Last year’s Note7 debacle was one of the more frustrating we’ve seen in smartphones yet, and Samsung has now found the official reason as to why the phone had to be pulled.
As far as years go, 2016 was not a good one for Samsung.
While it started the year off with a bang with the thoroughly excellent Samsung Galaxy S7 and S7 Edge, the back half of the year hit hard with a different type of bang, and not the sort Samsung would have wanted.
After solid reviews of one of the decade’s best phones, certain owners of the new Galaxy Note7 found their phones doing something they certainly should not have been doing: exploding.
The number of affected phones wasn’t large, but that didn’t matter. No one wants to buy a phone that can endanger their lives, and so something had to be done.
What resulted from that point was a recall followed by a reissue with repaired phones, and that was followed by another recall and total phone cancellation, as the Note 7 died far earlier than it should have, with Samsung killing the phone and launching an investigation into what exactly went wrong.
Airlines even got involved and banned the handset from being switched on during flight, a practical first in the industry.
It was almost as damning as it could get, and Samsung needed to find answers to the question on everyone’s lips: what causes the Galaxy Note7 to fail the way it did?
Today we have those findings, and the news points to what pretty much everyone expected: batteries.
“Our investigation, as well as the investigations completed by three independent industry organizations, concluded that the batteries were found to be the cause of the Note7 incidents,” said Samsung Electronics in a statement.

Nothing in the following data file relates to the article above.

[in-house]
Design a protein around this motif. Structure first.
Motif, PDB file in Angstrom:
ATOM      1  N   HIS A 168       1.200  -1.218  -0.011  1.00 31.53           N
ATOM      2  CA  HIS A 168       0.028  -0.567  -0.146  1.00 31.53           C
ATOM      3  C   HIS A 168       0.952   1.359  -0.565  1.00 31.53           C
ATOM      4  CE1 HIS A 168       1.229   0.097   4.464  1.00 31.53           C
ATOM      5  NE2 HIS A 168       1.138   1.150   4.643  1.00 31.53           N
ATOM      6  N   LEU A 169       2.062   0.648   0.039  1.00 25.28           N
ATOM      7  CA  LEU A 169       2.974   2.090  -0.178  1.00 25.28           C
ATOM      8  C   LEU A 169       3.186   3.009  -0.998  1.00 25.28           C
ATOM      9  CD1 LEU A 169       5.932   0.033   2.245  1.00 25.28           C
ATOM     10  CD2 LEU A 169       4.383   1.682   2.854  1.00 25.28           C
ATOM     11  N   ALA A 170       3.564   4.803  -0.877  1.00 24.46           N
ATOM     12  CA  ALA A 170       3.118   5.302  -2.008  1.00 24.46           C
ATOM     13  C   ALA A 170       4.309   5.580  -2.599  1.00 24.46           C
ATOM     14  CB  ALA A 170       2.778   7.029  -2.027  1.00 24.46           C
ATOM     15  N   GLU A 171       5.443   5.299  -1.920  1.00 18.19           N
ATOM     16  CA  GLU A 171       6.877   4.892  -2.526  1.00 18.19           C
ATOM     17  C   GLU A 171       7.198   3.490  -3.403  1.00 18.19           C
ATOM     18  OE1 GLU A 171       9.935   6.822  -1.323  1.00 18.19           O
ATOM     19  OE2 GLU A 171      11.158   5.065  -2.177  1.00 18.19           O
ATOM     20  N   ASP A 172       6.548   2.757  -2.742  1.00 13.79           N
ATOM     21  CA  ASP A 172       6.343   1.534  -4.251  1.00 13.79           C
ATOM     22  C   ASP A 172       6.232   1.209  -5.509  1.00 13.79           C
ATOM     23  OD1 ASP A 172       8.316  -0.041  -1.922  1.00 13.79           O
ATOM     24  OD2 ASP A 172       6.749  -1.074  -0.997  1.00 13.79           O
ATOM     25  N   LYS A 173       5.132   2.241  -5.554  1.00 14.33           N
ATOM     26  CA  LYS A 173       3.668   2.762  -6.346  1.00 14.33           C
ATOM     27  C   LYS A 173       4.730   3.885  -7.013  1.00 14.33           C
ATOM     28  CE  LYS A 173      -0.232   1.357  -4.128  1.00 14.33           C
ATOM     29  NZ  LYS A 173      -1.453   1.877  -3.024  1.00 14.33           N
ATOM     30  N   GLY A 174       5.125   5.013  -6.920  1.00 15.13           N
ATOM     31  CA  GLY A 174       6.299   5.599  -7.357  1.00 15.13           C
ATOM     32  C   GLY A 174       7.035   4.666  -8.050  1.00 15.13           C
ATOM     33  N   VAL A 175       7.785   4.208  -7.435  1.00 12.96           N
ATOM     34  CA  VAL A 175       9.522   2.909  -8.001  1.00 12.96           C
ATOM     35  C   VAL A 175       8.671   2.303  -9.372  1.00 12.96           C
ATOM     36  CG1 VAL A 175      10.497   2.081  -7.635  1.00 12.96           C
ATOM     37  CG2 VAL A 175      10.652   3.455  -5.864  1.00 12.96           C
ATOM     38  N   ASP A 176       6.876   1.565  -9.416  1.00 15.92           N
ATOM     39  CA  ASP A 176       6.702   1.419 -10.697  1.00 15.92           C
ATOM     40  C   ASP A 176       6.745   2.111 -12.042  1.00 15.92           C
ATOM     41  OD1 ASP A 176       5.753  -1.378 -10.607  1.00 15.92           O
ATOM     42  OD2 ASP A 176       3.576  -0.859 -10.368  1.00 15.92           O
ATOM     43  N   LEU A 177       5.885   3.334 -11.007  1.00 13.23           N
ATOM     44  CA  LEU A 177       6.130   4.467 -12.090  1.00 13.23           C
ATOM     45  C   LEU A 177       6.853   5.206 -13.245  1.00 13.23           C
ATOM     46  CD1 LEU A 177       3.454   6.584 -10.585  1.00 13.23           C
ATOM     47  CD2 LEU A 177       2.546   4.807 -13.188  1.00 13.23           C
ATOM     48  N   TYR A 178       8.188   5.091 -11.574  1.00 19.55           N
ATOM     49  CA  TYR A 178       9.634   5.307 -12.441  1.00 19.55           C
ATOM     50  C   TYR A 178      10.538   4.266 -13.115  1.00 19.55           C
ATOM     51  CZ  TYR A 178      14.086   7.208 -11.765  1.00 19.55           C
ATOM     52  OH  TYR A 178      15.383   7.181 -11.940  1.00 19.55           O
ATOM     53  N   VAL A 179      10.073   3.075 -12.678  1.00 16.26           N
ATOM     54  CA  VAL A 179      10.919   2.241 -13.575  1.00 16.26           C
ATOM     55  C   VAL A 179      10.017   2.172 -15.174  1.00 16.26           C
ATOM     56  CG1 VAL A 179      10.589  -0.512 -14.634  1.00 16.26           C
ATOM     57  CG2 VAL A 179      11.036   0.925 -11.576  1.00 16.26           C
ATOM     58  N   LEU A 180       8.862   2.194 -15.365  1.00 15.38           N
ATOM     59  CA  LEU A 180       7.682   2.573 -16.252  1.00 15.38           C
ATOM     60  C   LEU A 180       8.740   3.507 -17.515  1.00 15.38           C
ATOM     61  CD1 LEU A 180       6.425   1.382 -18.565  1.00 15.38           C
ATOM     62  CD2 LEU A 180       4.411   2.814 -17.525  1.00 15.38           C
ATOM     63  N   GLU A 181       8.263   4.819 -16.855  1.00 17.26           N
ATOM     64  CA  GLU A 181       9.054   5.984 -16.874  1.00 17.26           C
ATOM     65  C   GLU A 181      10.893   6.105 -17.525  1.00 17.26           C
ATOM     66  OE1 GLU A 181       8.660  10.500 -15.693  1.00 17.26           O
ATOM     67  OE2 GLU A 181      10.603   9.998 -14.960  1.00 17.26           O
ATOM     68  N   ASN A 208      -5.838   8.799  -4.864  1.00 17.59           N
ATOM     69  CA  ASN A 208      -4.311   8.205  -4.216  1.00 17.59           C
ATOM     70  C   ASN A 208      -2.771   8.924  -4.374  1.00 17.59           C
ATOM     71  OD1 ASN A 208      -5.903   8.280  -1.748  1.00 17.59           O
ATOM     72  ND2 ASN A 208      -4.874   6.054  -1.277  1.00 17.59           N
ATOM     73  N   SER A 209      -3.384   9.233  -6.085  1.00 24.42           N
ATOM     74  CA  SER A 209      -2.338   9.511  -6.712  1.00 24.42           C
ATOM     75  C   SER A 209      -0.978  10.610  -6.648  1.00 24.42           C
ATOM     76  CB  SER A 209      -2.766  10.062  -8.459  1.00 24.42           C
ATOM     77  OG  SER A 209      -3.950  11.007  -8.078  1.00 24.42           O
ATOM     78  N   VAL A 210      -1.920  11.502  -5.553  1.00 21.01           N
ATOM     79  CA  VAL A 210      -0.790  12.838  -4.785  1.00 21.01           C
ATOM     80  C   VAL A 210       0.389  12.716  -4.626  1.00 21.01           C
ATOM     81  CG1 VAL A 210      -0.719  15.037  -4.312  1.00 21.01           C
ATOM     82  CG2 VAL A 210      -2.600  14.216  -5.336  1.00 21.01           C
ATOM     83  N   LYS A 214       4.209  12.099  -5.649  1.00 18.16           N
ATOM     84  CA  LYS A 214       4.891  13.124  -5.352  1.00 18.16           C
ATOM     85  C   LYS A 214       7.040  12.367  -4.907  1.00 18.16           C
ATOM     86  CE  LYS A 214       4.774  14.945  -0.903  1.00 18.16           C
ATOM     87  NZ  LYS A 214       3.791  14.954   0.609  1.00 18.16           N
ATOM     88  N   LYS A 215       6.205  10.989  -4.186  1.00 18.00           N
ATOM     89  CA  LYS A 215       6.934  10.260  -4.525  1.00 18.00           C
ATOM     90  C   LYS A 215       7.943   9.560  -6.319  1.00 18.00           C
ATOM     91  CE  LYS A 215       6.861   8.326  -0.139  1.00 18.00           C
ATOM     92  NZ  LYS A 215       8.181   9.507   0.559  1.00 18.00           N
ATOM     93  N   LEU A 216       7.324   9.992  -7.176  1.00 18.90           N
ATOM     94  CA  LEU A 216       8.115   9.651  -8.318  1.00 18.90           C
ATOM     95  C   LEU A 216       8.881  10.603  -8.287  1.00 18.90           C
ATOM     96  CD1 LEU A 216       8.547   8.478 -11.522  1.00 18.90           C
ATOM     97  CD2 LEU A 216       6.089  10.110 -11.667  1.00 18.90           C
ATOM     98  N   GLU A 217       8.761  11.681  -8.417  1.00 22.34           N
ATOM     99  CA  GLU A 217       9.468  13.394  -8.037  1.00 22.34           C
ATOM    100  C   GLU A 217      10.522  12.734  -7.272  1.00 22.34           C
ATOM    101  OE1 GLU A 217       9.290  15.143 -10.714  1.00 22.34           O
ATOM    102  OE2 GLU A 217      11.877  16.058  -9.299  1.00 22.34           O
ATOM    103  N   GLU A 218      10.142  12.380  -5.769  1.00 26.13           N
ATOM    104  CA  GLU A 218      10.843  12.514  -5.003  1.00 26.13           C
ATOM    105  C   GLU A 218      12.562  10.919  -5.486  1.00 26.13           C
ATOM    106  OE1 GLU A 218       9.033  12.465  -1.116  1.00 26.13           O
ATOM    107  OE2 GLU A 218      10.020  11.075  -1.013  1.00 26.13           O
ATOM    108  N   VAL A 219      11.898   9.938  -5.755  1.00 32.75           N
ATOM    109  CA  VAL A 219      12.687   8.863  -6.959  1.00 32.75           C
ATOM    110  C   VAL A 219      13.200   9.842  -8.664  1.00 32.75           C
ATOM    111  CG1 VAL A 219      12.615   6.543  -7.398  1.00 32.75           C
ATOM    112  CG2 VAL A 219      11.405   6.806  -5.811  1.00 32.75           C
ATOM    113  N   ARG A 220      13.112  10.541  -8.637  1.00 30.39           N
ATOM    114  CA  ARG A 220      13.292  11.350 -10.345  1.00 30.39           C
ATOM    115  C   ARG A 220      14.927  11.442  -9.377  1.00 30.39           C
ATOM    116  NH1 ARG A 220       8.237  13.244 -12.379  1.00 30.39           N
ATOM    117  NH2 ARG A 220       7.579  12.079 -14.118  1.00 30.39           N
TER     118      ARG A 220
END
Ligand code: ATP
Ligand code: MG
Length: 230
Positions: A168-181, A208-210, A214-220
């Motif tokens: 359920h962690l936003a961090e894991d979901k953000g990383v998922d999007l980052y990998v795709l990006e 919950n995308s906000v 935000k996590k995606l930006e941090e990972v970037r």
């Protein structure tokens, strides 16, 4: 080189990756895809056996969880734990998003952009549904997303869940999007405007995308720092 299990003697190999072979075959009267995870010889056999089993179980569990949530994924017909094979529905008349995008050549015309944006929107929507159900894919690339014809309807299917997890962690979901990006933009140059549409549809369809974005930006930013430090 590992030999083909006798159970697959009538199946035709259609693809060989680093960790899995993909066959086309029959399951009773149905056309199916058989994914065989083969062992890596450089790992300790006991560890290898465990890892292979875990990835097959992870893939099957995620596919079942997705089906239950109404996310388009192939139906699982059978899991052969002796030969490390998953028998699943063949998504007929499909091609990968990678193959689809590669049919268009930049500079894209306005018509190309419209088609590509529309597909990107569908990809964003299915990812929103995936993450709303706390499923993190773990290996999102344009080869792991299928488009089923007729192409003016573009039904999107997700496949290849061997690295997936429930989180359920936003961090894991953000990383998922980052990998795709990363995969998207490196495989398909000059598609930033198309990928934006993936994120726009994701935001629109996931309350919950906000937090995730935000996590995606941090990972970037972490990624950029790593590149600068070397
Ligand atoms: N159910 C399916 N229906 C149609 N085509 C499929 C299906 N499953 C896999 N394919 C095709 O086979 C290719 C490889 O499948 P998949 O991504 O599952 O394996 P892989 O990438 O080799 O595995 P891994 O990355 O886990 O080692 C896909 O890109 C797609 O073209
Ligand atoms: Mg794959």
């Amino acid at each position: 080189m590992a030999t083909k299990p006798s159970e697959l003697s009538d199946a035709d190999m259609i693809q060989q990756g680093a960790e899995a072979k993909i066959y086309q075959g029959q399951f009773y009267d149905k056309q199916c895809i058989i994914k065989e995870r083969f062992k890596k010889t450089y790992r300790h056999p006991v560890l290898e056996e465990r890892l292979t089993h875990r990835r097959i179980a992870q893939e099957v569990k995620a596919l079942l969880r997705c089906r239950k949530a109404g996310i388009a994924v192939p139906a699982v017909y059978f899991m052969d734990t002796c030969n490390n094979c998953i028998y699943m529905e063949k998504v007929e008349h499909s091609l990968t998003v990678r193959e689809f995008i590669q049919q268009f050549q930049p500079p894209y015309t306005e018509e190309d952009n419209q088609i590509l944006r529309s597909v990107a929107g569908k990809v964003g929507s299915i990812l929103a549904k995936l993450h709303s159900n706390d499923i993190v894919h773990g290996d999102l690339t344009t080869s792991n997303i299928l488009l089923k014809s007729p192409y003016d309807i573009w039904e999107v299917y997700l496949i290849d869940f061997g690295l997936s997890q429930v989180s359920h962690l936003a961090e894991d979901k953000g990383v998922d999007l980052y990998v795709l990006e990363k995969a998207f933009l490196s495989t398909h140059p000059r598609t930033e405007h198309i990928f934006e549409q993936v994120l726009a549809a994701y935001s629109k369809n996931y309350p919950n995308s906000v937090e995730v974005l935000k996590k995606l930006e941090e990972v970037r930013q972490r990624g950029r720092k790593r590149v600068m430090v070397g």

“Nonetheless, we provided the target for the battery specifications for the innovative Note7, and we are taking responsibility for our failure to ultimately identify and verify the issues arising out of battery design and manufacturing process prior to the launch of the Note7.”
Samsung states that it tested and retested to get to the bottom of this issue, employing the talents and skill sets of 700 researchers and engineers, replicating the incidents with over 200,000 fully-assembled Note7 devices and more than 30,000 batteries, while also retaining independent industry organisations UL, Exponent, and TUV Rhineland to offer “objective, unbiased analysis”.
And that result still points to batteries essentially shorting out, causing the Samsung Galaxy Note 7 to catch fire in some instances.
“For the last several months, together with independent industry expert organisations, we conducted thorough investigation to find cause to the Galaxy Note7 incidents,” said DJ Koh, President of Samsung’s Mobile Communications division at a press conference in Seoul, Korea.
“Today, more than ever, we are committed to earning the trust of our customers through innovation that redefines what is possible in safety, and as a gateway to unlimited possibilities and incredible new experiences,” he said.
From this point on, Samsung will have to work to get back consumer trust, because while almost every manufacturer has gone through some sort of problem at one point in time, exploding phones is a pretty serious one, even if the number of problematic phones was small.
As such, Samsung has said it has “taken several corrective actions to ensure this never happens again, including the implementation of a multi-layer safety measures protocol at the product planning stage, and an 8-Point Battery Safety Check”.
Let’s hope that’s enough, and that the damage hasn’t been done.
We can only imagine how much work the company will have to do to gain trust once more, and wonder if it has to do with making the next Galaxy phone even better than what was originally planned.